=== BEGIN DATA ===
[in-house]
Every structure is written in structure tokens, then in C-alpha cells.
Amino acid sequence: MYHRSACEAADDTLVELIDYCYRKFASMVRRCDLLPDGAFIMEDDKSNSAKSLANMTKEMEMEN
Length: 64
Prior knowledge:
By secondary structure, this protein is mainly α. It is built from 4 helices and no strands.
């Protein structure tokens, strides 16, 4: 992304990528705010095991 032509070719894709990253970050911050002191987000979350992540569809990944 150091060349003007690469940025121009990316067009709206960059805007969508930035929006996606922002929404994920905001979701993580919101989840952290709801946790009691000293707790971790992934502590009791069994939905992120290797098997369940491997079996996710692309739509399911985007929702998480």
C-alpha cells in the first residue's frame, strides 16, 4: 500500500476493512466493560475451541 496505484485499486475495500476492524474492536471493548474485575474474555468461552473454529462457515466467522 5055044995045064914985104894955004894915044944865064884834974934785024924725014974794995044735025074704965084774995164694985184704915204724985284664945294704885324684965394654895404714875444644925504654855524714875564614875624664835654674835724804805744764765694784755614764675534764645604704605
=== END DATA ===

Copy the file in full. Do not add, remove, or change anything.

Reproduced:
[in-house]
Every structure is written in structure tokens, then in C-alpha cells.
Amino acid sequence: MYHRSACEAADDTLVELIDYCYRKFASMVRRCDLLPDGAFIMEDDKSNSAKSLANMTKEMEMEN
Length: 64
Prior knowledge:
By secondary structure, this protein is mainly α. It is built from 4 helices and no strands.
């Protein structure tokens, strides 16, 4: 992304990528705010095991 032509070719894709990253970050911050002191987000979350992540569809990944 150091060349003007690469940025121009990316067009709206960059805007969508930035929006996606922002929404994920905001979701993580919101989840952290709801946790009691000293707790971790992934502590009791069994939905992120290797098997369940491997079996996710692309739509399911985007929702998480």
C-alpha cells in the first residue's frame, strides 16, 4: 500500500476493512466493560475451541 496505484485499486475495500476492524474492536471493548474485575474474555468461552473454529462457515466467522 5055044995045064914985104894955004894915044944865064884834974934785024924725014974794995044735025074704965084774995164694985184704915204724985284664945294704885324684965394654895404714875444644925504654855524714875564614875624664835654674835724804805744764765694784755614764675534764645604704605